BT's rivals are upping the war of words against the UK's former telecoms monopoly ahead of this week's crucial deadline.
The UK's dominant fixed line telco has until February 3 to give its response to the regulator's demands for "substantive behavioural and organisational changes" within BT and the provision of equal access to its wholesale product range (aka equivalence). Failure to meet the demands set by Ofcom could result in an Enterprise Act investigation which could lead to the giant telco being split in two.
Speaking to the FT David McConnell, chairman of the UK Competitive Telecommunications Association (UKCTA) - a host of telcos including Cable & Wireless, Colt, Energis, NTL and Thus - said that although the industry wanted equivalence to work, there were fears that BT would try to stall. "The concern is that parts of the BT organisation will continue to prevaricate and delay: Ofcom and the industry must not allow itself to be dragged into endless detailed discussions as to what exactly 'equivalence' is," McConnell stated.
Indeed, in a letter to the Sunday Times McConnell said that the views expressed by BT boss Ben Verwaayen a week earlier "both raise alarm and present an incomplete picture of the current broadband market".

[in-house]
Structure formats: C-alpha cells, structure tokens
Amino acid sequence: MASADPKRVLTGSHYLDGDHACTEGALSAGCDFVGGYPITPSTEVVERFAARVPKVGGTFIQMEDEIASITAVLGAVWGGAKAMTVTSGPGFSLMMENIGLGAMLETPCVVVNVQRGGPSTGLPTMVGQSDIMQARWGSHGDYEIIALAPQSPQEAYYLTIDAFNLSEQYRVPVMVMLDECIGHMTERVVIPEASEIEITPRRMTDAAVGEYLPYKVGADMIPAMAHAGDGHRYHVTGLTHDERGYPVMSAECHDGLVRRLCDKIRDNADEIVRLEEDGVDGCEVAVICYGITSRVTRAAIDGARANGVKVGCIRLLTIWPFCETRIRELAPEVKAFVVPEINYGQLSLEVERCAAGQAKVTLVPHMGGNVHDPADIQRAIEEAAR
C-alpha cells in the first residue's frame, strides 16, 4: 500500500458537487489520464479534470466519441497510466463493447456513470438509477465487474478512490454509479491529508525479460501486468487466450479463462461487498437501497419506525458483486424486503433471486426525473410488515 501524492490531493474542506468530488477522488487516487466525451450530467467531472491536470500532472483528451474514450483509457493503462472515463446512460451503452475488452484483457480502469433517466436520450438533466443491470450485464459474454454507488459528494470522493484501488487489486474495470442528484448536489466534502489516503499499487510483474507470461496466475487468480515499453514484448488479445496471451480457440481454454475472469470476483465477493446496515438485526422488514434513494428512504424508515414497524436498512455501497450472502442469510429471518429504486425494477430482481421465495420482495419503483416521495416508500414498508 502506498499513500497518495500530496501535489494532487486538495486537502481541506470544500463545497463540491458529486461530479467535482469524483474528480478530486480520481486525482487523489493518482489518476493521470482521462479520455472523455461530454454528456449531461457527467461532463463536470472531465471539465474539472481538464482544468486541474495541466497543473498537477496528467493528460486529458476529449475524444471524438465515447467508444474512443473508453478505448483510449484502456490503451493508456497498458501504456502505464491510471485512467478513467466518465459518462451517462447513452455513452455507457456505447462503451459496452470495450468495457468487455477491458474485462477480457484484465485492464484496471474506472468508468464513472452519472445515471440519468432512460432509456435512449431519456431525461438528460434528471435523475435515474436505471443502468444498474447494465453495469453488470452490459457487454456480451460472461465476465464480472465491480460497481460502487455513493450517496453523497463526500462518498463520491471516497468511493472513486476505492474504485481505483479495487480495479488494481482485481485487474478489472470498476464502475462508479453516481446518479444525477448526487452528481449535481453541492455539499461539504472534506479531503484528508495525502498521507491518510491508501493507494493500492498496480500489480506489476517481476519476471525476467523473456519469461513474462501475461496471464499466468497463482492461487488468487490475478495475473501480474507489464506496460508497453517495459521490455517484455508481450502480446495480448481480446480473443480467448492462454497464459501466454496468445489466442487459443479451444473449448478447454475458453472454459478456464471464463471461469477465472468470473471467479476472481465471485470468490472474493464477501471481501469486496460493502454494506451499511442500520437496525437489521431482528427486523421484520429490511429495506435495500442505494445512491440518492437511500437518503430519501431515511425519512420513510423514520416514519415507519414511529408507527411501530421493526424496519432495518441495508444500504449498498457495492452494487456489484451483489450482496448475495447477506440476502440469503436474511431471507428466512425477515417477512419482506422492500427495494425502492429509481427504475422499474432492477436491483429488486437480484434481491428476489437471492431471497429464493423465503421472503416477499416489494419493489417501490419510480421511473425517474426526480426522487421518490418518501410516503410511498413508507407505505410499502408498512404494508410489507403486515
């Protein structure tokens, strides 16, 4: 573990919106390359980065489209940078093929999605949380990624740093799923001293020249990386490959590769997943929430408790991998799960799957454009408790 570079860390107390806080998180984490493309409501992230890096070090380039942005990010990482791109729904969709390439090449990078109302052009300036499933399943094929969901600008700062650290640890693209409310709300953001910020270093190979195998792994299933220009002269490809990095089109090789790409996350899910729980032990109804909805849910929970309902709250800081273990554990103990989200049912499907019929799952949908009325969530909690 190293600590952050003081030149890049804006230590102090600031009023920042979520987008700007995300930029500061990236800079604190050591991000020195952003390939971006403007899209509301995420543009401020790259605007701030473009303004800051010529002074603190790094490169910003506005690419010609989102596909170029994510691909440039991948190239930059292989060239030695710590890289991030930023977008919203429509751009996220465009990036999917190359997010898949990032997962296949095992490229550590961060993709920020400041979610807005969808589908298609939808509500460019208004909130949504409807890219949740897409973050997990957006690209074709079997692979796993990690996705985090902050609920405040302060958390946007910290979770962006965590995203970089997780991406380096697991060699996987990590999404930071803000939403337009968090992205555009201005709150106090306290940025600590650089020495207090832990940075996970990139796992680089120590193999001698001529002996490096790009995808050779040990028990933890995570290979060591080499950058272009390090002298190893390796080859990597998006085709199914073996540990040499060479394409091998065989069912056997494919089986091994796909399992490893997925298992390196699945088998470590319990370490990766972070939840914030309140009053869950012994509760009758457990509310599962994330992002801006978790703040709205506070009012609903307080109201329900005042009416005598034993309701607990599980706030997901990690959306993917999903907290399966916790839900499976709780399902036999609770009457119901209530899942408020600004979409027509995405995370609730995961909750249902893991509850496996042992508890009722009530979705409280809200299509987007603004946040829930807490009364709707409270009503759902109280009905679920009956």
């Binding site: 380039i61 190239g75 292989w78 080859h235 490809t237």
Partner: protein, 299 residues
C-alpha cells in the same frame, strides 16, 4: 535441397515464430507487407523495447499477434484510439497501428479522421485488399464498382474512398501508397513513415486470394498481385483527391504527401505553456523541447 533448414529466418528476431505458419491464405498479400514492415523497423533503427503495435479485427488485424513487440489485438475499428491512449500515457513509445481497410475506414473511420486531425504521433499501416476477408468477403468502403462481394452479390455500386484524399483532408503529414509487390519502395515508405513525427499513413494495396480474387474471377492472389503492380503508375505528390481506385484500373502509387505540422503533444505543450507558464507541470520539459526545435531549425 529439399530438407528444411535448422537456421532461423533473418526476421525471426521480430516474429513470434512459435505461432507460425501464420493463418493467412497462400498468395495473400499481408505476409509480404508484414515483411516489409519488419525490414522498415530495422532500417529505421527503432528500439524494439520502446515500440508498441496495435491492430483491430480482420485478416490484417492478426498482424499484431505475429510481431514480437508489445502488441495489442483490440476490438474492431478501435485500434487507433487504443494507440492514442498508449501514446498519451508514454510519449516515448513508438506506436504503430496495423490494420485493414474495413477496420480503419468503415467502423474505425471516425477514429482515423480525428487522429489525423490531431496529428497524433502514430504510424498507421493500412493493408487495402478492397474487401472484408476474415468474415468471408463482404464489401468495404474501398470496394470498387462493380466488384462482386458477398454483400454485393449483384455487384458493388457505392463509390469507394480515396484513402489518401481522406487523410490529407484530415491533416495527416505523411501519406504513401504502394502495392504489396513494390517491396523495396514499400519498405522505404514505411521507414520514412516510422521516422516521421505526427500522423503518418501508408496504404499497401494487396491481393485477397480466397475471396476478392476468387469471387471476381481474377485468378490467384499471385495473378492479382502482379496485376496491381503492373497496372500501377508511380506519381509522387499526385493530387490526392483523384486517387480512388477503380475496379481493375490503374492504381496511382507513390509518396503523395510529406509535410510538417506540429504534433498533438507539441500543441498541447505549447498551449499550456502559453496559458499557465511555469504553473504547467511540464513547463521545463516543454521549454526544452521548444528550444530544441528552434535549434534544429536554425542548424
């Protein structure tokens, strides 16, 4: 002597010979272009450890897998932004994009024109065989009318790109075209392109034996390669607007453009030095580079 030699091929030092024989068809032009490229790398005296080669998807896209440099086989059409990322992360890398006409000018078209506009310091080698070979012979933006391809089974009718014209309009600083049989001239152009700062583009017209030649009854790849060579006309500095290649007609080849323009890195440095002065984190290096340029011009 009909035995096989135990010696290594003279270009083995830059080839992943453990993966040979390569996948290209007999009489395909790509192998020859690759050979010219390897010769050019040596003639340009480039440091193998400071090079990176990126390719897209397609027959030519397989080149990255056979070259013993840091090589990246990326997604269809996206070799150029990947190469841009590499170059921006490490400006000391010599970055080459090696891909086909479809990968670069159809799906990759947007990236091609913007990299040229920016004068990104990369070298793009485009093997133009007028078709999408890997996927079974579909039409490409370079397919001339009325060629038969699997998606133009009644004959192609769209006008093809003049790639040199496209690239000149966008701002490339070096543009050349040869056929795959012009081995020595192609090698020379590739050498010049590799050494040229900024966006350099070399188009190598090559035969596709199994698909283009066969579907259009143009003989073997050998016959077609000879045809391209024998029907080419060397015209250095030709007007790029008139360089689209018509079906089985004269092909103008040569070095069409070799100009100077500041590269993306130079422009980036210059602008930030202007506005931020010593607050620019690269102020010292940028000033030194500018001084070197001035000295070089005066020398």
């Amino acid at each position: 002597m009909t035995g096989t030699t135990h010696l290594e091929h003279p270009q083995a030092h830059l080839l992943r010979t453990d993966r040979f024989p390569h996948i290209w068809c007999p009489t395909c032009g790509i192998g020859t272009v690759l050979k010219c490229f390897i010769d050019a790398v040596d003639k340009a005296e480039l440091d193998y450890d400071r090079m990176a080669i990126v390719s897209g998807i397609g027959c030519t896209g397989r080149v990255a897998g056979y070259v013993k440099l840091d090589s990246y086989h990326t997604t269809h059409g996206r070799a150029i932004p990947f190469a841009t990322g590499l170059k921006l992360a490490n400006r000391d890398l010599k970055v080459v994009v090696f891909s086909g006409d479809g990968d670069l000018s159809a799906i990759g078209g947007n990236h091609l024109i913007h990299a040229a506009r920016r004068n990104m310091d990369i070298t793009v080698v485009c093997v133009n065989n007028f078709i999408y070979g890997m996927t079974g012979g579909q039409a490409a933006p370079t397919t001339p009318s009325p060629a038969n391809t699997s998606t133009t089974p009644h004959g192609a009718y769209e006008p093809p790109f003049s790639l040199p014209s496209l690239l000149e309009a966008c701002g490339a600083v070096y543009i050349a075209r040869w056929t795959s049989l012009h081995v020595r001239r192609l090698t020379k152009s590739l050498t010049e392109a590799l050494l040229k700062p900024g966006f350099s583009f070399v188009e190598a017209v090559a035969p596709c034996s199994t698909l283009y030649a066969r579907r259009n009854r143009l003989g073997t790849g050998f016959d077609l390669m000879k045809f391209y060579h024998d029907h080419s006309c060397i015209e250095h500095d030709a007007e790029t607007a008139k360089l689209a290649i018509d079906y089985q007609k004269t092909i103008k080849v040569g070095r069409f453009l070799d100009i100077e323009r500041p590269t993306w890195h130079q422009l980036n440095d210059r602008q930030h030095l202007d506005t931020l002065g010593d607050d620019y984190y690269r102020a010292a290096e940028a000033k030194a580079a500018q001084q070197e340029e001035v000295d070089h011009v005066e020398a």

"Mr Verwaayen seems to be suggesting that if Ofcom was to reduce its regulatory burden, BT would be able to offer more wholesale broadband variants to 'communities outside the scope of LLU'. We could have welcomed this comment had he also in the same breath embraced the need for BT Wholesale to treat all retail broadband providers equally, in other words, commit his organisation to true competition. UKCTA, Ofcom and British consumers are demanding, quite rightly, nothing less.
He went on: "As history has shown time and again, consumer choice and product innovation depends on the presence of sustainable market competition. What is needed are improved wholesale telecom services that all retail players - not just BT - can use and offer to potential customers. In other words, Ofcom needs to ensure genuine equality of access, not an inequality between BT and its competitors."
Last week Ofcom boss Stephen Carter warned has once again that BT's failure to restructure its business and open up its market to genuine competition would make an enforced structural split of the company a "real possibility". ®